Photos by Lois Stavsky; special thanks to Caro for identifying so many of the artists as I was posting Mexico City’s street art on Instagram earlier this month.

Note: Hailed in a range of media from the Huffington Post to the New York Times, our Street Art NYC App is now available for Android devices here.

en play badge 2 <em>Meeting of Styles</em> in Mexico City: Apitatan, Diego Zelaya, Musa71, Cyfione, Main Rodriguez, YuzuRabia, Astro and Shane Hello

{ 0 comments }

bio tats cru the art of peace <em>The Art of Peace</em> Opens Tonight at Avant Garde with Bio, Jerms, Danielle Mastrion, Murj, Hef, Stem and more

Curated by Lady K Fever and Kate StorchThe Art of Peace opens this evening from 6-10pm at Avant Garde on Manhattan’s Lower East Side. An art show and benefit in celebration of the NY Peace Coalition’s 6th Annual Peace December, it features the visual reflections of 31 artists on the theme of peace. Pictured above was painted by Bio, Tats Cru. Here are several more:

Jerms

jerms art of peace <em>The Art of Peace</em> Opens Tonight at Avant Garde with Bio, Jerms, Danielle Mastrion, Murj, Hef, Stem and more

Danielle Mastrion

danielle mastrion <em>The Art of Peace</em> Opens Tonight at Avant Garde with Bio, Jerms, Danielle Mastrion, Murj, Hef, Stem and more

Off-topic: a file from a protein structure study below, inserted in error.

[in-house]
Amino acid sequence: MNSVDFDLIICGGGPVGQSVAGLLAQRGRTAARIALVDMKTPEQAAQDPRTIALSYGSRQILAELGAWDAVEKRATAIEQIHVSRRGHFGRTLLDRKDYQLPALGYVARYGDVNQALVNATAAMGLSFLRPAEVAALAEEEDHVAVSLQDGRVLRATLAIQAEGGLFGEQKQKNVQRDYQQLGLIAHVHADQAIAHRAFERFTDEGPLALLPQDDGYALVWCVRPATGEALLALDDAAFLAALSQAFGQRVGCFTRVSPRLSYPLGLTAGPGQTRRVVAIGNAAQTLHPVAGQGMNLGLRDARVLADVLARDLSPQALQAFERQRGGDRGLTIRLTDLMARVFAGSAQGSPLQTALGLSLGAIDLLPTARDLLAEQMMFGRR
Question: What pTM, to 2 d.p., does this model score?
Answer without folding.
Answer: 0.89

Murj, close-up

murj the art of peace <em>The Art of Peace</em> Opens Tonight at Avant Garde with Bio, Jerms, Danielle Mastrion, Murj, Hef, Stem and more

Hef

Jamie Hef the art of peace <em>The Art of Peace</em> Opens Tonight at Avant Garde with Bio, Jerms, Danielle Mastrion, Murj, Hef, Stem and more

And Stem, YNN on a political note

stem political art <em>The Art of Peace</em> Opens Tonight at Avant Garde with Bio, Jerms, Danielle Mastrion, Murj, Hef, Stem and more

Curators Lady K Fever and Kate Storch in the gallery window — where there will be live painting tonight

Lady K Fever Kate storch curators <em>The Art of Peace</em> Opens Tonight at Avant Garde with Bio, Jerms, Danielle Mastrion, Murj, Hef, Stem and more

And if you can’t make it tonight or would like to return, the exhibit continues through New Years Day.

Peace Decembeer flyer <em>The Art of Peace</em> Opens Tonight at Avant Garde with Bio, Jerms, Danielle Mastrion, Murj, Hef, Stem and more

Photos: 1-4, 6 & 7 Lois Stavsky; 5 courtesy of Lady K

Note: Hailed in a range of media from the Huffington Post to the New York Times, our Street Art NYC App is now available for Android devices here.

en play badge 2 <em>The Art of Peace</em> Opens Tonight at Avant Garde with Bio, Jerms, Danielle Mastrion, Murj, Hef, Stem and more

{ 0 comments }

sticker collage fridge dc  iwillnot on the <em>DC Street Sticker EXPO 3.0</em> at the FridgeDC